Dogbert holds a pointer and stands next to the caption, "How Nature Protects Weak Products." The caption says, "First, the engineer pads his schedule." Dilbert and the Boss sit at a conference table. The Boss asks, "Six months?" Dilbert replies, "At least." Dilbert thinks, "One month to build the product and five months to play 'Doom' on my computer." The caption says, "Then the manager pads the schedule as a clever negotiating ploy." The Boss tells an executive, "One year . . . Unless you add people to my tiny empire." The caption says, "Then the vice president pads the schedule to avoid looking bad to the president." The VP kisses the president's toes and says, "Eighteen months." The caption says, "Meanwhile, the sales people are making up numbers because nobody tells them anything." A man tells a woman, "Two months . . . And it solves every problem you have!" The caption says, "This causes the customers to develop irrational desire for the product." A woman says into the phone, "Give me the 'beta' test version in one month." The caption says, "Thus nature disguises weak products as 'beta.'" The woman looks at a device and says, "Cardboard? That's stupid." Dilbert replies, "Oh . . . Then it's beta."
Stan in marketing works at his computer while Dilbert looks over his shoulder. Dilbert says, "Everybody in engineering uses this program I wrote. I think marketing should turn it into a product." Stan replies, "I wouldn't buy this." Dilbert tells Stan, "That's irrelevant because the target market would be engineers." Stan says, "Engineers think the same as marketeers." Dilbert replies, "If that were true we'd be sitting in a cave trying to decide if rocks are edible." Stan points to the computer and says, "You know, you could keep recipes on this."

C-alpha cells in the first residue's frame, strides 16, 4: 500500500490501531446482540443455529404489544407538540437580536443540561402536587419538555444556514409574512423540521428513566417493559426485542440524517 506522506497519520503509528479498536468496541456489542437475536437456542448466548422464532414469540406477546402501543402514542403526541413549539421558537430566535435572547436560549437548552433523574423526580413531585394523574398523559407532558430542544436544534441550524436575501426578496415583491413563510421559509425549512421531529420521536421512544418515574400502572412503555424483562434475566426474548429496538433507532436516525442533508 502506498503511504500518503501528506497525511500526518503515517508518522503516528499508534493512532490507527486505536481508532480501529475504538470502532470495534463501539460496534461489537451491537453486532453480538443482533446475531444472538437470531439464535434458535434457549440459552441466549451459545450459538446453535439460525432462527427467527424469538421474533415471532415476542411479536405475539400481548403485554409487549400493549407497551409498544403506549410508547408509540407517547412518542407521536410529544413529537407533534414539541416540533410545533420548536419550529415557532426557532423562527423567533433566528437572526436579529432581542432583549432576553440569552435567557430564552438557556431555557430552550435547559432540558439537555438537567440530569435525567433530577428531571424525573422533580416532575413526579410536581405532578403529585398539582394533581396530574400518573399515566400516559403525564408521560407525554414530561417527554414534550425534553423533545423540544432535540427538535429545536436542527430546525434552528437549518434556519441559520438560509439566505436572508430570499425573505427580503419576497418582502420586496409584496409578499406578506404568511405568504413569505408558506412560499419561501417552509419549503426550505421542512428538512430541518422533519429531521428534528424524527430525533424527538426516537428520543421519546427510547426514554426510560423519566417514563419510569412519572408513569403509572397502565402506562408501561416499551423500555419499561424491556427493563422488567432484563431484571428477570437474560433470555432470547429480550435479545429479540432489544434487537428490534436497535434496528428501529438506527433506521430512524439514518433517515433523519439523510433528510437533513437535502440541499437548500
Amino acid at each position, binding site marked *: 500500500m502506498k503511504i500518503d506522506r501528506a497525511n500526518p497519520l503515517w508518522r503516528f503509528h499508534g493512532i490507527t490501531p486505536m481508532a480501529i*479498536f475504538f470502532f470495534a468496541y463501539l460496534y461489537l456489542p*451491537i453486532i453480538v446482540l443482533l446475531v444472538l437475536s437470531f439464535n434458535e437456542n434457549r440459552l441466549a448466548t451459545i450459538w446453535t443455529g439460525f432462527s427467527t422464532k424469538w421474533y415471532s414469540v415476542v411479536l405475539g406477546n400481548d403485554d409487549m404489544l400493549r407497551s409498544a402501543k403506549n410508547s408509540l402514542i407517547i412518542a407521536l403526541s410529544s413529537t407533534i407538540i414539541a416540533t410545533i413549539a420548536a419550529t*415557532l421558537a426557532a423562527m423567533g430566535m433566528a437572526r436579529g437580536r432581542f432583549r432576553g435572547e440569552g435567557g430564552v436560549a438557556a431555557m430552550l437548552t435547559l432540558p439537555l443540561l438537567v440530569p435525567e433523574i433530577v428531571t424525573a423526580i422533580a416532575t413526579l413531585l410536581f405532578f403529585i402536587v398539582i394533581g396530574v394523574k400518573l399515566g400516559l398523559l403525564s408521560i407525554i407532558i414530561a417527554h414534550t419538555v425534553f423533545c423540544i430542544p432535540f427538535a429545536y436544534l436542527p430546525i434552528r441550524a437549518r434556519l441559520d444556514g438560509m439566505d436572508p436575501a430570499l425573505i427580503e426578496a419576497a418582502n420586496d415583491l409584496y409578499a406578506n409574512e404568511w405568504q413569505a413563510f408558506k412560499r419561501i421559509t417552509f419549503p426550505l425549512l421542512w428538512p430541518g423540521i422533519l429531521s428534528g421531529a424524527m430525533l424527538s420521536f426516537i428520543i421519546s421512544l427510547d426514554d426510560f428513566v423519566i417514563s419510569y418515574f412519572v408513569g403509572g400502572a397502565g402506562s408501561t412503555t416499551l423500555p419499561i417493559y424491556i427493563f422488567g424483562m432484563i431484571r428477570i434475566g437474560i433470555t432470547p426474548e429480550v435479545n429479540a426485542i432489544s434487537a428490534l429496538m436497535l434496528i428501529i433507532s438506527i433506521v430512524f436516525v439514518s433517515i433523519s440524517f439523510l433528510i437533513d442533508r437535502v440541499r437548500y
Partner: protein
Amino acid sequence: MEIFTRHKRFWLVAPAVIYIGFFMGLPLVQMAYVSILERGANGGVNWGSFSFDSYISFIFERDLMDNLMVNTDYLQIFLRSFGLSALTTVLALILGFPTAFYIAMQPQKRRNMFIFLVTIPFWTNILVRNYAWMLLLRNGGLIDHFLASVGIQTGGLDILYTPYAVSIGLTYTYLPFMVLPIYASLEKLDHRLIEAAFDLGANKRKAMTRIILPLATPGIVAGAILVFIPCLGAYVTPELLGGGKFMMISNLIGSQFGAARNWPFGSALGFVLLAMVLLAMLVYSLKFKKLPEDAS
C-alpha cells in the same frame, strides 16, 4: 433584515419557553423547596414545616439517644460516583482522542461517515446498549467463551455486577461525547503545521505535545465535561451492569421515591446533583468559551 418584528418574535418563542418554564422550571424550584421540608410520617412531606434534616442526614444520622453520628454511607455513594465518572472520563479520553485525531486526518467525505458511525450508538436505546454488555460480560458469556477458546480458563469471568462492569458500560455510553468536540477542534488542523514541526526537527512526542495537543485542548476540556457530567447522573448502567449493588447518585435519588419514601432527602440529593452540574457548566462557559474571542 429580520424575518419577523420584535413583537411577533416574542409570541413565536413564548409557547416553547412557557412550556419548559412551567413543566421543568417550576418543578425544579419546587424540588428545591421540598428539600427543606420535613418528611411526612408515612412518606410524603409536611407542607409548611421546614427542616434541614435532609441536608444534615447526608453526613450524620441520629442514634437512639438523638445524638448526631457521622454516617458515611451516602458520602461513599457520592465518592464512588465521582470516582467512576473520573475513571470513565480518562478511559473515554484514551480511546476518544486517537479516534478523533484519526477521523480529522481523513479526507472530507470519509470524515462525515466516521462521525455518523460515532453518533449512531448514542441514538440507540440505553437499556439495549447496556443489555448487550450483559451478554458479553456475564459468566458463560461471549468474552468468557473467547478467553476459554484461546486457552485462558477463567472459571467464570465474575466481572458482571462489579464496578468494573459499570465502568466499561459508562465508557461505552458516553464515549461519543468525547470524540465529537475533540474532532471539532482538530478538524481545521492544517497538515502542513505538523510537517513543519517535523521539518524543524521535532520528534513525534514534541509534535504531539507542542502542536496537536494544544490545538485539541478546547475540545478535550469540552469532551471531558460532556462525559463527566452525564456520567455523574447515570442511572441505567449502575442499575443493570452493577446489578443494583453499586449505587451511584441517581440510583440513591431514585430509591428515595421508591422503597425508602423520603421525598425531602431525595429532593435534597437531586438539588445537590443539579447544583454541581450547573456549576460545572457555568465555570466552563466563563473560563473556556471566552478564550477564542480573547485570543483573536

The Boss and Dilbert sit at a conference table. The Boss asks, "How long will it take to fix any problems we find in our beta product?" Dilbert answers, "It is logically impossible to schedule for the unknown." The Boss says, "Try to think as a manager, not as an engineer." Dilbert says, "In that case, we'll fix the problems before we find them."
The Boss says to Dilbert and Wally, "We need to ship the V-1 product tomorrow. I promised our CEO he can announce it at the shareholder meeting." Wally says, "That's two months early!!" Dilbert says, "We haven't added any features yet!!" Dilbert says, "What would we ship? Our lab prototype is the only V-1 in existence!" Wally cries, "No . . . You wouldn't!" The Boss picks up the device and says, "I've scheduled press tours so you can do demos all next week." Wally asks, "On what?!" As the Boss walks away carrying the prototype, Dilbert says, "We'll need twenty thousand dollars to build another prototype!" The Boss says, "That reminds me; I froze the budget for the rest of the year." The Boss continues, "If there's anything you'd like me to do, don't hesitate to ask." Wally says, "Yeah, I'd like you to do something . . ." The Boss looks angry. Wally says, "Ooh . . . I think I should have hesitated to ask that."
The Boss speaks to three employees in tech support. He says, "We just shipped our newest product. You folks in tech support will need to be trained so you can avoid any embarrassments." The Boss says, "We had a monk write the training material on a grain of rice. We could only afford one, so you'll have to share it." The Boss tosses a grain of rice at them and they lunge for it. As the employees fall to the floor fighting, the Boss says, "To be honest, I'm not sure we had a real monk. He wrote everything in Pig Latin."